here I've laid them out on the table so you can see what it will look like. with the exception of 2 seams, i didn't have to do any ripping on this block! i just laid it out (using the piles that i had stacked neatly and set aside before) and then sewed it together.

here are the two companion blocks, laid out side by side. when you're ready to sew your blocks together, they get squared up to (15"?) the outer edges will be trimmed, allowing for a 1/4" SA to sew them together.

I'm very happy with how they turned out, and look forward to completing this quilt.

as soon as I'm done with some other projects that I'm working on, that is...

Monday, January 04, 2010

looks like somebody decided to take the day off!

it's been very cold here~ the thermostat is stuck at 10 degrees, it seems.

dave came up from the chicken coop thsi morning with this tiny egg.

maybe the chicken decided to take a "half day" ?

it's a good thing that we have this tiny frying pan. it's just the right size!

Saturday, January 02, 2010

it's getting late and i'm indecisive... maybe you can help?

i finished piecing and pressing all the squares for my string quilt. i was fairly certain how i wanted to lay it out, but after seeing how it looks in real life, a wave of indecision hit.

I've posted pictures of 3 possibilities, and added a poll on the side bar. you can tell me which layout you think looks the best; either in the comments or in the poll.

A. this is the original layout i had in mind, but now I'm not sure that i like the contemporary look with the civil war era fabrics.

B. Roman stripes

C. traditional Sunshine and Shadows

I'll leave the poll up for a few days. i have to get another quilt basted and quilted anyway, so i need to set this one aside for now.

thanks for voting!

Stringing right along...

I'm enjoying the slightly less demanding (although no less busy) time that early winter brings. i have several quilting projects going, and i want to share my most recent project with you.

this is a strip quilt, and great for using up all those scraps from your stash! but of course, if you'd like to go out and buy more fabric, don't let me stop you...

for this quilt, you'll need several different kinds of fabrics:

* the foundation (PREWASHED muslin or equivalent)
* the strips (1/3 yard of 6-9 coordinating fabrics)
* the background triangles (neutral is best)
* the center strip (your darkest or most dominant fabric)

start by prewashing your muslin and cutting into squares. i cut my prewashed muslin squares 14". next, cut the center strip. (i cut mine 3 ½" wide) finally, cut all the remaining strip fabrics into a variety of widths. ( 1 @ 1¼", 2 @ 1 ½", 2 @ 2" and 1 @ 2½" is a nice assortment of wide and narrow widths)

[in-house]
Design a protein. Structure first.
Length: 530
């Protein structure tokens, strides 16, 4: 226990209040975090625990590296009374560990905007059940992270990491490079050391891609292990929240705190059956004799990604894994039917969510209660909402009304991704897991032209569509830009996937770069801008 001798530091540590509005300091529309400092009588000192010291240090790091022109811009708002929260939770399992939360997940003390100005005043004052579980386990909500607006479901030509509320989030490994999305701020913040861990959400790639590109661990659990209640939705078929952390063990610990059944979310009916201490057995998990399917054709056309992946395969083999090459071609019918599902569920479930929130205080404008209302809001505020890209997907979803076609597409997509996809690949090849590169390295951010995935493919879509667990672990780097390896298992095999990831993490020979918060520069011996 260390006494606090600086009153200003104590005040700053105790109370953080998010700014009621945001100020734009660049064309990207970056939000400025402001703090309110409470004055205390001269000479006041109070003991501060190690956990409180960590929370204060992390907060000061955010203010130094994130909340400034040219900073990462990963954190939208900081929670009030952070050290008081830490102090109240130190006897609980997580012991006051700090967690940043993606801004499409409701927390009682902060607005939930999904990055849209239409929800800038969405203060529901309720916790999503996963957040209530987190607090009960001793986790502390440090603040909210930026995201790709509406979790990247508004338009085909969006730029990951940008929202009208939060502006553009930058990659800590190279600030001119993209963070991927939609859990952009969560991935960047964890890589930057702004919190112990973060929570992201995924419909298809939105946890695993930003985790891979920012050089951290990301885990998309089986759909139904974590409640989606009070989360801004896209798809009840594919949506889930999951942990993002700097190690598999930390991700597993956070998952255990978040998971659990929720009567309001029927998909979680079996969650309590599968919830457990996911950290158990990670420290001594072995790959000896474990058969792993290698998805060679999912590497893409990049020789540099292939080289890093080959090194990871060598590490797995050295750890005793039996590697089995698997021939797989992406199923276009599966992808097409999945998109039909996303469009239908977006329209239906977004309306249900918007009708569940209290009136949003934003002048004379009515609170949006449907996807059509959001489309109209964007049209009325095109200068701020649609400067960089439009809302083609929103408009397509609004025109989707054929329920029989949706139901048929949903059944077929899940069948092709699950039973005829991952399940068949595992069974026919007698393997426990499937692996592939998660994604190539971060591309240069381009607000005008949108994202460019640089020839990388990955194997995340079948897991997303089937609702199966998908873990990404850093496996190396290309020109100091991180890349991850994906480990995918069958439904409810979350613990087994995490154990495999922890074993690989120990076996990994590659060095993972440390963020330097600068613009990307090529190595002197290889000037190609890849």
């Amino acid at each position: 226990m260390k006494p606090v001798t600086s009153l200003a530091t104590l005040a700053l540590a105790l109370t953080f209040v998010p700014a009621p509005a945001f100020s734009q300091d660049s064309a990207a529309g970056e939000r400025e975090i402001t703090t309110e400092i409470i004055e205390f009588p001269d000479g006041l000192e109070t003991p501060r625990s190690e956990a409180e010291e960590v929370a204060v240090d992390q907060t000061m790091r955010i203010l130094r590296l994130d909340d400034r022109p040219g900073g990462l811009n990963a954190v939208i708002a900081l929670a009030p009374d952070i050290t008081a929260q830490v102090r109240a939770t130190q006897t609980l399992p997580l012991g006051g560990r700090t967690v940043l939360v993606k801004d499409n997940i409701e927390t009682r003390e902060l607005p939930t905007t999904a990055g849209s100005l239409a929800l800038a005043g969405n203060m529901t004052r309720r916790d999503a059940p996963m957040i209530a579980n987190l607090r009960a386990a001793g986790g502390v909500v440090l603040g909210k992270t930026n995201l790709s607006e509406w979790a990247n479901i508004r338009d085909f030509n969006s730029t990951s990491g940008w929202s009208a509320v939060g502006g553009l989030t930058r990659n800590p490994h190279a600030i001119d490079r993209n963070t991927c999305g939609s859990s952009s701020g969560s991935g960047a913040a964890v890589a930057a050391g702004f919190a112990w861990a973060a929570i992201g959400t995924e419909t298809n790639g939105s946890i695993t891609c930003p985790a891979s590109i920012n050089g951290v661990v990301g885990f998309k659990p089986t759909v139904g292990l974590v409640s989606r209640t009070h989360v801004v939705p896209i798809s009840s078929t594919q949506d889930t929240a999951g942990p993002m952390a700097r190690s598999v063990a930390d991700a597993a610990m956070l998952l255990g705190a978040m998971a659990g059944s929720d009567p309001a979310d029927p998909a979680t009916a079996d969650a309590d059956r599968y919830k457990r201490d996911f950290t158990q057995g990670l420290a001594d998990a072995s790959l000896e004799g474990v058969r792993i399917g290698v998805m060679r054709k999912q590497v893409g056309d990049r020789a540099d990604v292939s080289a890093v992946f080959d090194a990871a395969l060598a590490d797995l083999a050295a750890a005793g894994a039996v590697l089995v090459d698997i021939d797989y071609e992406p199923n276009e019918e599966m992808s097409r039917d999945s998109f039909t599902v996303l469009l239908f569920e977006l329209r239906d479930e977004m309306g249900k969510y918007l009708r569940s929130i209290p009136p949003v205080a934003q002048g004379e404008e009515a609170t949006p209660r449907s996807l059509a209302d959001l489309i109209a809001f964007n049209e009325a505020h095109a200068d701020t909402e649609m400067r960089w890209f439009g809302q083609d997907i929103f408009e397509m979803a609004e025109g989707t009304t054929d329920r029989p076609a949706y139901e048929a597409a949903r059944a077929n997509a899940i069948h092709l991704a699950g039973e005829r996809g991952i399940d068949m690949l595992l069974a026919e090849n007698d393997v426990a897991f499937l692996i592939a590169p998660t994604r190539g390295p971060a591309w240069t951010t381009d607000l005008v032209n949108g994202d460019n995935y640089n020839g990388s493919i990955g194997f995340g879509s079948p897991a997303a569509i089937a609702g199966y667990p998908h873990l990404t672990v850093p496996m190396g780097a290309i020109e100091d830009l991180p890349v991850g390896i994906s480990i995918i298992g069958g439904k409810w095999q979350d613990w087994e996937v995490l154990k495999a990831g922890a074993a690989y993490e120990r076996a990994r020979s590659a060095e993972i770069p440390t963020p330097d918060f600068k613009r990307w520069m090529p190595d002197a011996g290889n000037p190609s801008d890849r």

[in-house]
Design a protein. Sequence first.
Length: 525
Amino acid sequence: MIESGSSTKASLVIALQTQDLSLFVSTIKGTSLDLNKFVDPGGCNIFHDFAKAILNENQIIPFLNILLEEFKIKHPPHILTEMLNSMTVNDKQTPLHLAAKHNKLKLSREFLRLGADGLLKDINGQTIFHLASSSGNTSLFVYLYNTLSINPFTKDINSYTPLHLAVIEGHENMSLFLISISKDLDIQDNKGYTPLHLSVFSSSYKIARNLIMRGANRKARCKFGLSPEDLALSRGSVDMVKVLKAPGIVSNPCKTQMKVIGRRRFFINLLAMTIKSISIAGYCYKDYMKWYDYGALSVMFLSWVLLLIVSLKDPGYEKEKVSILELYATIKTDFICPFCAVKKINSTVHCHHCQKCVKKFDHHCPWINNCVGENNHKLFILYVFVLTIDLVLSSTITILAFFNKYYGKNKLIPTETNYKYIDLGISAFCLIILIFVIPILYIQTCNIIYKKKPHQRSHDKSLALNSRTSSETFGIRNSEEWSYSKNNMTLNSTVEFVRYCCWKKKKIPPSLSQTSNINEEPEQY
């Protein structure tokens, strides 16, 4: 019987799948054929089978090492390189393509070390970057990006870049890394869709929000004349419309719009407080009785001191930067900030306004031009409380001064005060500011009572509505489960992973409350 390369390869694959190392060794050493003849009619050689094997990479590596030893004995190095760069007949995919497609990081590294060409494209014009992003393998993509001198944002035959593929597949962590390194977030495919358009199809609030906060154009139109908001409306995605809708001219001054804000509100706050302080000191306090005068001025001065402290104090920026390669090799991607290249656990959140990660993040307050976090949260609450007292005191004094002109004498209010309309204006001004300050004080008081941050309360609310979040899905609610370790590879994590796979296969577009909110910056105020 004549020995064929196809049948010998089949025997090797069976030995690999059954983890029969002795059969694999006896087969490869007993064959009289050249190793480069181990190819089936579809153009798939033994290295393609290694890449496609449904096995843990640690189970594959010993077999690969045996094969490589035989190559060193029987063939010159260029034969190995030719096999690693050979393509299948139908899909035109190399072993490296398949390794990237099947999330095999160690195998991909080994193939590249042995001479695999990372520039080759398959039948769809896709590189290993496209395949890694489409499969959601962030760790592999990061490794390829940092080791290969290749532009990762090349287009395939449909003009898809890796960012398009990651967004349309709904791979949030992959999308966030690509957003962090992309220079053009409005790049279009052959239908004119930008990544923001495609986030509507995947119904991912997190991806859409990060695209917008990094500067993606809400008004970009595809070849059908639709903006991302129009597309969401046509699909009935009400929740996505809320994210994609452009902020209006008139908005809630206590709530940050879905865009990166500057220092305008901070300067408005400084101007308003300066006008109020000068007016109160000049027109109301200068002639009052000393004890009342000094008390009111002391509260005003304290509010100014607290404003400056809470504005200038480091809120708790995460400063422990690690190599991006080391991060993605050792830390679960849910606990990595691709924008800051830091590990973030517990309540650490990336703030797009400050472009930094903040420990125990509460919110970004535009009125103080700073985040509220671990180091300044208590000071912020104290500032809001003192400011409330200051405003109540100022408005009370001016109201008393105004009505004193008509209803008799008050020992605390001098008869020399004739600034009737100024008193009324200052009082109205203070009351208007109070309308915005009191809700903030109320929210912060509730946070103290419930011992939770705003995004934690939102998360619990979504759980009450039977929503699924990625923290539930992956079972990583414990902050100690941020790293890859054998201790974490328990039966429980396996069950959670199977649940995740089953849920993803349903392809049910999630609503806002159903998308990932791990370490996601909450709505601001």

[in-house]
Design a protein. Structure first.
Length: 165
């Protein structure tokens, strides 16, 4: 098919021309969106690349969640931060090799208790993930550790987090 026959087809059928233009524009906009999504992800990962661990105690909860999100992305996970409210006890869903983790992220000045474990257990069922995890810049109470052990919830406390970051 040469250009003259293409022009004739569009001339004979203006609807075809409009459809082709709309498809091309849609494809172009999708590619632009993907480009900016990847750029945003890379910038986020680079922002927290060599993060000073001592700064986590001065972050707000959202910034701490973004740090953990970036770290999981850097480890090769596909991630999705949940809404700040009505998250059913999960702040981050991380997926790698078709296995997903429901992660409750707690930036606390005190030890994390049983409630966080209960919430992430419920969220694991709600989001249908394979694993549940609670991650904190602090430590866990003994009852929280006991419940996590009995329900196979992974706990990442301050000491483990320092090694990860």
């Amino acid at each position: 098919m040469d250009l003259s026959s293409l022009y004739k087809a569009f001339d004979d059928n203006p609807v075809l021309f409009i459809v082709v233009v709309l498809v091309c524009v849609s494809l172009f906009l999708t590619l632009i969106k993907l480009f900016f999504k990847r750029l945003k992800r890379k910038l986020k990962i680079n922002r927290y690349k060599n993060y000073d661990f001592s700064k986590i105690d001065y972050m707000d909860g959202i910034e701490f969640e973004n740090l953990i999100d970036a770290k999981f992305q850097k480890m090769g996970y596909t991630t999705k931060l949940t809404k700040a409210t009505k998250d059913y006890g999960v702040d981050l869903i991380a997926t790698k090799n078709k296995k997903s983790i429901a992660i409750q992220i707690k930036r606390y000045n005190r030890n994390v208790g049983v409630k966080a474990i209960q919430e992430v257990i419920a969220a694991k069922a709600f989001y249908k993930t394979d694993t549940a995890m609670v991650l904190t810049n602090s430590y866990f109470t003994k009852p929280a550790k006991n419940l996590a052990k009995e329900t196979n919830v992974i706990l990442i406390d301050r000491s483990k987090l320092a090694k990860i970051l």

lay out your center strip onto the (did i mention prewashed?) muslin square. i ironed the black strip on, just to give it that extra "stick".

choose one of your fabrics, and sew it onto one side of the center strip, using a ¼" seam. you'll only need to extend it over the muslin foundation a tiny bit. this block will be trimmed at the end.

also, if you could see it in your heart to ignore my very ugly ironing board cover, I'd really appreciate it. thankyouverymuch.

set your seam, and press the first strip to one side. (towards the corner of the square)

choose another color, and sew this strip to both sides of the center strip. starting your strips out "lopsided" gives you an extra boost on the scrappy look that many like. if you did both sides the same, the blocks would all be a matched pair.

set your seam, and press the strips to one side.

continue in this manner (sew, trim, set and press) until all of the muslin base is covered with strips. you can see from this square that even though i used the same sewing sequence in sewing on the strips, the lonely first strip makes the two sides look very different.

this is what the muslin base looks like from the back.

i squared up my block to 13", making sure to center the cutting with the black center strip.

next, cut out your neutral background fabric the same size as your trimmed, strip squares.

now you'll need to mark a line from corner to corner on the background square. i use a crayola marker; gray in this case. pin the background square onto the strip square, making sure that the diagonal line is going the same way as your center (black) strip.

sew ¼" to the right and left of this line. i should have mentioned before that a walking foot is very helpful in this project. I'll stop just short of saying that it's a necessity.

using scissors, or a rotary cutter and ruler if you'd prefer, cut along the line that you drew. now you'll have two half-square triangle units.

set your seam, and press open. iron the seam allowance towards the background fabric, to help reduce bulk.

you can see that for each square that you piece, you'll get 2 blocks. i plan on making my quilt 4 blocks wide and 5 blocks long, so i only needed to piece 10 strip foundations. (with 6" borders this quilt should finish approximately 60" x 72") i was pleased with how quickly these squares went together- easily done in an evening of relaxing sewing!

let me know if you decide to piece a string quilt. I'll link up to you in this post~ we'd all like to see what you made!

and as soon as my quilt is done, I'll post a picture up here, too. as soon as I'm done blogging about it, that is!